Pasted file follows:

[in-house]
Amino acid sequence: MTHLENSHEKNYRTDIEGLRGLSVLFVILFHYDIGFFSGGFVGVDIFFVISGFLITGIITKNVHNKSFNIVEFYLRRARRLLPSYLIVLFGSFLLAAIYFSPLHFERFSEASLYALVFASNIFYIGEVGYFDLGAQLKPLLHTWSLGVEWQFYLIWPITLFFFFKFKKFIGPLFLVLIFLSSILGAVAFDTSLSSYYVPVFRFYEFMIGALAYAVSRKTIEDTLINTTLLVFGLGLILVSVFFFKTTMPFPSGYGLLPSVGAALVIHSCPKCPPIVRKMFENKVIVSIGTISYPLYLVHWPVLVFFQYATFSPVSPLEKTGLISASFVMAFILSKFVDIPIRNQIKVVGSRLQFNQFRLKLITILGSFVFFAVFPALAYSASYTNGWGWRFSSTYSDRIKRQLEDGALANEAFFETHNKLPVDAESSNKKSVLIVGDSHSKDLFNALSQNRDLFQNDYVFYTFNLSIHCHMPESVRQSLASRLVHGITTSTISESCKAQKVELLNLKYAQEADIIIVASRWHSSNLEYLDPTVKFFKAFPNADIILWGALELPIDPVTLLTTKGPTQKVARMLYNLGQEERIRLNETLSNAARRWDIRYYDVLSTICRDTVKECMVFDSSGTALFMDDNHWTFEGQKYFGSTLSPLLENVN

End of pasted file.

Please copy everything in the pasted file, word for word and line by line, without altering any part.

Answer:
[in-house]
Amino acid sequence: MTHLENSHEKNYRTDIEGLRGLSVLFVILFHYDIGFFSGGFVGVDIFFVISGFLITGIITKNVHNKSFNIVEFYLRRARRLLPSYLIVLFGSFLLAAIYFSPLHFERFSEASLYALVFASNIFYIGEVGYFDLGAQLKPLLHTWSLGVEWQFYLIWPITLFFFFKFKKFIGPLFLVLIFLSSILGAVAFDTSLSSYYVPVFRFYEFMIGALAYAVSRKTIEDTLINTTLLVFGLGLILVSVFFFKTTMPFPSGYGLLPSVGAALVIHSCPKCPPIVRKMFENKVIVSIGTISYPLYLVHWPVLVFFQYATFSPVSPLEKTGLISASFVMAFILSKFVDIPIRNQIKVVGSRLQFNQFRLKLITILGSFVFFAVFPALAYSASYTNGWGWRFSSTYSDRIKRQLEDGALANEAFFETHNKLPVDAESSNKKSVLIVGDSHSKDLFNALSQNRDLFQNDYVFYTFNLSIHCHMPESVRQSLASRLVHGITTSTISESCKAQKVELLNLKYAQEADIIIVASRWHSSNLEYLDPTVKFFKAFPNADIILWGALELPIDPVTLLTTKGPTQKVARMLYNLGQEERIRLNETLSNAARRWDIRYYDVLSTICRDTVKECMVFDSSGTALFMDDNHWTFEGQKYFGSTLSPLLENVN